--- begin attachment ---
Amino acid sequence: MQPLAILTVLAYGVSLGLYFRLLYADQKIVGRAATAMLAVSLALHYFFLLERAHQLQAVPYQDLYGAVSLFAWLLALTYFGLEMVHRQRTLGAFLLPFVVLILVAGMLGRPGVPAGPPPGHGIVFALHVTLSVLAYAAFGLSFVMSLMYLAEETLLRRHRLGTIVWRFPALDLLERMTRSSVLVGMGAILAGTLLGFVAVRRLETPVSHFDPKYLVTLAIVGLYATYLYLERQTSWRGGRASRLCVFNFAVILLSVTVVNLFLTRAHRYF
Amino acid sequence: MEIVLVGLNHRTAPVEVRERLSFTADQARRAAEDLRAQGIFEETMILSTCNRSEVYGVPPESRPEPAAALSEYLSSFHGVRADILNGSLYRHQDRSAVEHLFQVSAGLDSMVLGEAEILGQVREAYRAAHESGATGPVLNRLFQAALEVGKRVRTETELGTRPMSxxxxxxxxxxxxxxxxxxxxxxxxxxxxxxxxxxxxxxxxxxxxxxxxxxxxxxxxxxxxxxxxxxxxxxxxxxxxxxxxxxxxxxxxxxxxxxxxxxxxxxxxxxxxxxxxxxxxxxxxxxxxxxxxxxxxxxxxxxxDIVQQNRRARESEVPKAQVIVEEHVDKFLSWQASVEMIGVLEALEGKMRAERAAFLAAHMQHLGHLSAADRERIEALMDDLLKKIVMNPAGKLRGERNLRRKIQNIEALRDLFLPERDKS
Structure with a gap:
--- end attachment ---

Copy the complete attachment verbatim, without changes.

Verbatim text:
Amino acid sequence: MQPLAILTVLAYGVSLGLYFRLLYADQKIVGRAATAMLAVSLALHYFFLLERAHQLQAVPYQDLYGAVSLFAWLLALTYFGLEMVHRQRTLGAFLLPFVVLILVAGMLGRPGVPAGPPPGHGIVFALHVTLSVLAYAAFGLSFVMSLMYLAEETLLRRHRLGTIVWRFPALDLLERMTRSSVLVGMGAILAGTLLGFVAVRRLETPVSHFDPKYLVTLAIVGLYATYLYLERQTSWRGGRASRLCVFNFAVILLSVTVVNLFLTRAHRYF
Amino acid sequence: MEIVLVGLNHRTAPVEVRERLSFTADQARRAAEDLRAQGIFEETMILSTCNRSEVYGVPPESRPEPAAALSEYLSSFHGVRADILNGSLYRHQDRSAVEHLFQVSAGLDSMVLGEAEILGQVREAYRAAHESGATGPVLNRLFQAALEVGKRVRTETELGTRPMSxxxxxxxxxxxxxxxxxxxxxxxxxxxxxxxxxxxxxxxxxxxxxxxxxxxxxxxxxxxxxxxxxxxxxxxxxxxxxxxxxxxxxxxxxxxxxxxxxxxxxxxxxxxxxxxxxxxxxxxxxxxxxxxxxxxxxxxxxxxDIVQQNRRARESEVPKAQVIVEEHVDKFLSWQASVEMIGVLEALEGKMRAERAAFLAAHMQHLGHLSAADRERIEALMDDLLKKIVMNPAGKLRGERNLRRKIQNIEALRDLFLPERDKS
Structure with a gap: